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TOKYO: Japanese rubber futures climbed on Monday, as lower domestic inventories raised concerns of supply tightness, while China’s efforts to boost its economy and property sector led to demand optimism for the world’s top consumer.

The Osaka Exchange (OSE) rubber contract for May delivery finished 4.1 yen higher at 270.1 yen ($1.8) per kg. The November contract expired at 257.0 yen per kg on Friday.

The rubber contract on the Shanghai futures exchange for January delivery gained 15 yuan to finish at 13,935 yuan ($1,932.44) per metric ton.

“Low rubber inventories in Japan and seasonal factor provided support,” said Jiong Gu, an analyst at Yutaka Trusty Securities, pointing to the tendency for prices to rise toward the end of year in the recent years.

“Still, technical adjustments such as switching to the May contract from the April futures after the expiration of November contract on Friday were more prevalent,” Gu said, predicting the OSE prices would come under pressure due to profit-taking at above 270 yen. Rubber inventories at OSE warehouses stood at 3,692 metric tons as of Nov. 10, down 256 tons from Oct. 31.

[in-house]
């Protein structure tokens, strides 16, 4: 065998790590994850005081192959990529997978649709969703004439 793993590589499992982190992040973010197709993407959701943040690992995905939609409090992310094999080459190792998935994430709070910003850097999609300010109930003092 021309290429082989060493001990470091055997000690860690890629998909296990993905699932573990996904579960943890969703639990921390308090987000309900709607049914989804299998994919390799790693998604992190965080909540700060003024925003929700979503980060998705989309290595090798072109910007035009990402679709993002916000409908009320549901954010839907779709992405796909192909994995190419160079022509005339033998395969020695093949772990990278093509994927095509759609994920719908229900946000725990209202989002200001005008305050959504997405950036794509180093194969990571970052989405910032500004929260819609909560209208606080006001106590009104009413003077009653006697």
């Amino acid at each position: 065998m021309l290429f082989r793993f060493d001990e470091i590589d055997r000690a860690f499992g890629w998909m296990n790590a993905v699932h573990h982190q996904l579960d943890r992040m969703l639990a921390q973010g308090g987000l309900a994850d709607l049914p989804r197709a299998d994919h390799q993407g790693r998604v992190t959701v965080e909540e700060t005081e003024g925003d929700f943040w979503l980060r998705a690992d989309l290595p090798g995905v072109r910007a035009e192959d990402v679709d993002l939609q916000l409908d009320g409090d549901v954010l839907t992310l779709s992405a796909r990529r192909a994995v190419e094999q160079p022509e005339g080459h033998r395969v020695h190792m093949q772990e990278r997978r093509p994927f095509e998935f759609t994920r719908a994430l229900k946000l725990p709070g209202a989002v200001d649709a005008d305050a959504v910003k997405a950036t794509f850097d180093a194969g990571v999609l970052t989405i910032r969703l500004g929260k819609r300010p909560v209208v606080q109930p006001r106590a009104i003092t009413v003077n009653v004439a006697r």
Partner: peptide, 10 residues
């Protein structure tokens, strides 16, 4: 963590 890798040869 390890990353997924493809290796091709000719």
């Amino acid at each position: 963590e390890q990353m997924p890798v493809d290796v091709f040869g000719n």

Chinese government advisers will recommend economic growth targets for next year ranging from 4.5% to 5.5% to an annual policymakers’ meeting, as Beijing seeks to create jobs and keep long-term development goals on track, Reuters reported last week. Rubber inventories in warehouses monitored by the Shanghai Futures Exchange fell 8.6% from a week earlier, the exchange said on Friday.

Japan’s benchmark Nikkei average ended lower on Monday as investors turned cautious ahead of US inflation data, prompting them to sell stocks to lock in profits.

The front-month rubber contract on Singapore Exchange’s SICOM platform for December delivery last traded at 145.5 US cents per kg, down 0.8%.

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